Adding to this, Michael Decker said that he would appreciate a greater diversity of rankings that address the varying interests of those being ranked (students, professors, universities). This could also prevent the normative impact of “one-size-fits-all” rankings and the resulting adaptation strategies adopted by universities and research institutions that could lead to less diversity in the research system.
The critical discussion on the Commission Communication raised the question of whether the EU approach produced tensions with the national policy approaches or whether there is a larger consensus on the future direction of research and innovation policy at the different levels. Engelbert Beyer stated that from his point of view a policy shift is occurring at the national level and the European level towards a stronger focus on demand and societal needs. This “mission-oriented approach” is the starting point for the development of policy programs such as those in the framework of the German High-Tech Strategy and in the context of the EU 2020 strategy. The European Commission is therefore an important partner of the German Ministry of Education and Research within the multi-actor system.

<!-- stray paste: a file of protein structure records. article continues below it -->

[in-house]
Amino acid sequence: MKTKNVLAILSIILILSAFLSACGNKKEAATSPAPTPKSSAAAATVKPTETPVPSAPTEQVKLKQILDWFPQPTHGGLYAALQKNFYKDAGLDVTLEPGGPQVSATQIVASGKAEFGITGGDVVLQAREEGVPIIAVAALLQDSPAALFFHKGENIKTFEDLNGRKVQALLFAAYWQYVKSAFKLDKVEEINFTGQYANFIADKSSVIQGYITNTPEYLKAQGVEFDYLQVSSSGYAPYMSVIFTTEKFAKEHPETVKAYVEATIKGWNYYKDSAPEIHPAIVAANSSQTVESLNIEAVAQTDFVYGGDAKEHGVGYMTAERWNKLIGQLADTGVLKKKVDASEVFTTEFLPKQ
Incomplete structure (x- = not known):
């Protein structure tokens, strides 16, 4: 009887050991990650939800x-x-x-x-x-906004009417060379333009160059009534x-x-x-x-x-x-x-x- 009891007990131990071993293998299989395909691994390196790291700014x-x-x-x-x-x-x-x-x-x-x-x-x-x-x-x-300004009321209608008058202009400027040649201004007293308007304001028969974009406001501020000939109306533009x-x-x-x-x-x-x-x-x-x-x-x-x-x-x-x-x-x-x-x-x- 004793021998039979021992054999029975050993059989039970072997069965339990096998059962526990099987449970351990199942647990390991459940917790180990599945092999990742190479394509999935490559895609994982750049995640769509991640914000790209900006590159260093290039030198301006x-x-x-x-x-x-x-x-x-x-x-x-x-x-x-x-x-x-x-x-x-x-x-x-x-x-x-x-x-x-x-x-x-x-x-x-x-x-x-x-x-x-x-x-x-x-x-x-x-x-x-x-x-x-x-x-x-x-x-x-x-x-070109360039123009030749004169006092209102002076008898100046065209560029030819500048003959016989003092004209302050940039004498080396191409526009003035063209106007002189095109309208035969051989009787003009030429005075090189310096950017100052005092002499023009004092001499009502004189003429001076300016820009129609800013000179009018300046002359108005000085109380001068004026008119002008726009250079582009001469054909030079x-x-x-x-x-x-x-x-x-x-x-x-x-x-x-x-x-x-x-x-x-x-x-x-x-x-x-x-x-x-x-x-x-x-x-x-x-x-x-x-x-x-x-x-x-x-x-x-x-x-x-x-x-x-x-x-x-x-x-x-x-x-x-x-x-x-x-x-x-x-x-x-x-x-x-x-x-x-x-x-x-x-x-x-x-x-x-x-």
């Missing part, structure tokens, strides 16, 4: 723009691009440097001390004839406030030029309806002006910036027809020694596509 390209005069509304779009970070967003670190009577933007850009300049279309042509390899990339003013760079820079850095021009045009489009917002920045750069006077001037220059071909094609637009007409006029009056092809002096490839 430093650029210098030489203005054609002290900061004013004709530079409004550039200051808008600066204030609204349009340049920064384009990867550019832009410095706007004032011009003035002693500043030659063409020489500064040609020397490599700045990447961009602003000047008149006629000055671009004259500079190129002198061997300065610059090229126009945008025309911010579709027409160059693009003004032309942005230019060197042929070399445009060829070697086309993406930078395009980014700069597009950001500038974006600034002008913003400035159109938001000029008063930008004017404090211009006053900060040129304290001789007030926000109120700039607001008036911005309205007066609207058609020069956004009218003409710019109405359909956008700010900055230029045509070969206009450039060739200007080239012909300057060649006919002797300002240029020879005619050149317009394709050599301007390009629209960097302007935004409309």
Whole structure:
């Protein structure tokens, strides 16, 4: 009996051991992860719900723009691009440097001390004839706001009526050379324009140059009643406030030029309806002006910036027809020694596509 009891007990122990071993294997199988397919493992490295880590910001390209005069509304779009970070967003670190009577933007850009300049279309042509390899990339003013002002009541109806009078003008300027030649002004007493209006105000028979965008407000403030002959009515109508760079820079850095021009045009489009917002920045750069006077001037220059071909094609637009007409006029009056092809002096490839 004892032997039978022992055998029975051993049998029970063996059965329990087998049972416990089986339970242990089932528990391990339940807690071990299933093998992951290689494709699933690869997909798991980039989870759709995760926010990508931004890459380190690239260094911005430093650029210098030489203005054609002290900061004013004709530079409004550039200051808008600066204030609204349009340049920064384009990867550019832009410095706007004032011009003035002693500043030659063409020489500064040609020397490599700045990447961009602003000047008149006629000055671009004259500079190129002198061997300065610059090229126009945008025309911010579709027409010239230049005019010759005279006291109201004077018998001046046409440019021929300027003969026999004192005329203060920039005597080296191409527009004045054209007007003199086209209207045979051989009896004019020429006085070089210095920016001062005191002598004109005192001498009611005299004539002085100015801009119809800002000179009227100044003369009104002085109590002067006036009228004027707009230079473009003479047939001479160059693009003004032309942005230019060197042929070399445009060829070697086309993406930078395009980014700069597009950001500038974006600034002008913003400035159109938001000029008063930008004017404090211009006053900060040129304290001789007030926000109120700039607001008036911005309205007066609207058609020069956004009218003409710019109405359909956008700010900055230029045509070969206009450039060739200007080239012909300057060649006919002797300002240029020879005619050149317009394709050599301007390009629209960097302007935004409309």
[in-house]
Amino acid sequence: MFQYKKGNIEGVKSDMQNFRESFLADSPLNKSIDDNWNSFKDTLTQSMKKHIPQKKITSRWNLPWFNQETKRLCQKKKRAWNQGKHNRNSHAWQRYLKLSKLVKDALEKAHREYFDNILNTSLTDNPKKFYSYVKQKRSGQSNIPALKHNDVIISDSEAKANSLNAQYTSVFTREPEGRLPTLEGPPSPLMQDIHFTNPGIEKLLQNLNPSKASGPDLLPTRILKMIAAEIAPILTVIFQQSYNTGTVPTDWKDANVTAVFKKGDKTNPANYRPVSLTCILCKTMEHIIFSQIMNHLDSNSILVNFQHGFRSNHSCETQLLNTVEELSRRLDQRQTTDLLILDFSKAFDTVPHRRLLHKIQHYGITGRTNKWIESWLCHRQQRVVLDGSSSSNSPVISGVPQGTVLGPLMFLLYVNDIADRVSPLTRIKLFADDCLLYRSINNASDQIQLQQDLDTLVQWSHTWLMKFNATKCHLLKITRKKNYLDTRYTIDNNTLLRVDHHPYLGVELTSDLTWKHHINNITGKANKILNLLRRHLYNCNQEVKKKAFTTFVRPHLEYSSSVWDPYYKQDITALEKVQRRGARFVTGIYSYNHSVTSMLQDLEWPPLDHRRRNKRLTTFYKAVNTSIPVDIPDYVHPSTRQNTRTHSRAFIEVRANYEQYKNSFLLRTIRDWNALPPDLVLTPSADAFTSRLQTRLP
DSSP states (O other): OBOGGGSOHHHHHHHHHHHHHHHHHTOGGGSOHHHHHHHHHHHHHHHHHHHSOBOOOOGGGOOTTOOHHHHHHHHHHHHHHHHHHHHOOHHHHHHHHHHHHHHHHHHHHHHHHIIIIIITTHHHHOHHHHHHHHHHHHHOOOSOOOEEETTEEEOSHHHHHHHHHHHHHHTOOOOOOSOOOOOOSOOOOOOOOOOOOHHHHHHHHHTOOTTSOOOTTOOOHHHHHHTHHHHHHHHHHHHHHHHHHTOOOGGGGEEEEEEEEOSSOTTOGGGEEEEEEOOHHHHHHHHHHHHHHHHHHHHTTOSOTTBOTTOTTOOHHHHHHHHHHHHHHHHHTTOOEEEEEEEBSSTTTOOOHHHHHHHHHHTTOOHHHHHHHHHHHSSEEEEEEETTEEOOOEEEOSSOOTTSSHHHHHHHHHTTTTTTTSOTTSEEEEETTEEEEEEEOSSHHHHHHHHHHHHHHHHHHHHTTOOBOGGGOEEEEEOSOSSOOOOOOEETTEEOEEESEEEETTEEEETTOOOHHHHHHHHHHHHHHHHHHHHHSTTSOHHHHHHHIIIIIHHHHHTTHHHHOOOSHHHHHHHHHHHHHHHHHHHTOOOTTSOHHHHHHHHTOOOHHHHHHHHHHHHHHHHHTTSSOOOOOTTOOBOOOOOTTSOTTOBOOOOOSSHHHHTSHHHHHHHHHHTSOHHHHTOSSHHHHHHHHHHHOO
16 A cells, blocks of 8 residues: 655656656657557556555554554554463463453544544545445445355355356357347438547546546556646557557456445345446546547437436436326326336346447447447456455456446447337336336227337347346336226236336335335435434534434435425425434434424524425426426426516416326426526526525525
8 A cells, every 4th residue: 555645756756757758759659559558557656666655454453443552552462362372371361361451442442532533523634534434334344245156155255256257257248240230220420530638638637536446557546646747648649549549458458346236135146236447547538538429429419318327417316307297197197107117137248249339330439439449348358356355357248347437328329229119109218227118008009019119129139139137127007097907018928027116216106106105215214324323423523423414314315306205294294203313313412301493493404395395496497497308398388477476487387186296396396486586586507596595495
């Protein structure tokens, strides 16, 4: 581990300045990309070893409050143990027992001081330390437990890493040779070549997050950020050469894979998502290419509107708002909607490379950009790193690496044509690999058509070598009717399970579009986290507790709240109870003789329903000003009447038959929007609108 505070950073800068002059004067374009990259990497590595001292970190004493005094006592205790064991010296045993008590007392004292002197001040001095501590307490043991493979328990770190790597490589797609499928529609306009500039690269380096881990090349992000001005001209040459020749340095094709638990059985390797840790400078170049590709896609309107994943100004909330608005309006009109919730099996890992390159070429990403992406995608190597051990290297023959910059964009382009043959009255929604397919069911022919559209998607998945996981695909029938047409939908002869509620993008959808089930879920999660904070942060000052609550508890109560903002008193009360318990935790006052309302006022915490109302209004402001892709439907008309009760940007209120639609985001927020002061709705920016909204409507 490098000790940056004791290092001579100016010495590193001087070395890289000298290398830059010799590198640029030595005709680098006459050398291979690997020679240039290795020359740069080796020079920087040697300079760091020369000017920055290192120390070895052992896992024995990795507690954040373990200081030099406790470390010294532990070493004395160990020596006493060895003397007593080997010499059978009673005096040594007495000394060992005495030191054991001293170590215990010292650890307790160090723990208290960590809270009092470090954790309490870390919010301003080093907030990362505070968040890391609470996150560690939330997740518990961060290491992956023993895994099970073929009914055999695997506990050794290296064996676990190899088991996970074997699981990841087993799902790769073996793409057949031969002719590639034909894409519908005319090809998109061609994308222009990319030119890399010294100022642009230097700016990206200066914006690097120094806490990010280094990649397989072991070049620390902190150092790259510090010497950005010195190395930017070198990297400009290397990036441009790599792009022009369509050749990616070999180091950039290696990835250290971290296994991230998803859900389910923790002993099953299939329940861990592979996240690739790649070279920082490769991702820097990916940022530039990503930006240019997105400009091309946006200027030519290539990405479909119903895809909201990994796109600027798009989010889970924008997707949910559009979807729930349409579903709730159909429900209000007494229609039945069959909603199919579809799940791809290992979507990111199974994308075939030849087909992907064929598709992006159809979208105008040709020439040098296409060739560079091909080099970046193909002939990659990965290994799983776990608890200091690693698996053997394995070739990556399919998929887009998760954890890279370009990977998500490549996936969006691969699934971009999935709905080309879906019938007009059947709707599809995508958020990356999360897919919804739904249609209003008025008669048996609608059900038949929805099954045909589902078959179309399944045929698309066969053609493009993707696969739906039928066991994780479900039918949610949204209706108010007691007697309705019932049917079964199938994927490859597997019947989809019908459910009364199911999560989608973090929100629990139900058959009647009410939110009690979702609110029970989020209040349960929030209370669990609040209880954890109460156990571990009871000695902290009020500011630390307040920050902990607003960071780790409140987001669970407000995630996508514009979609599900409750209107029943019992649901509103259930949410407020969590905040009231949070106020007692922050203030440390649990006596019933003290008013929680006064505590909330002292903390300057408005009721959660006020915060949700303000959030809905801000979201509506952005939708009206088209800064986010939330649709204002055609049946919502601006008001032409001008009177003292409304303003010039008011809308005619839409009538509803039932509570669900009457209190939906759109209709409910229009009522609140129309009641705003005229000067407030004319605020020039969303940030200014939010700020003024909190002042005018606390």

Stefan Kuhlmann underscored this position by drawing attention to the new European treaty, which states that future research and innovation policy will be the responsibility of both the national governments and the EU Commission. However, the question of how coordination between both levels will actually be implemented is still unanswered, and the process has only just begun.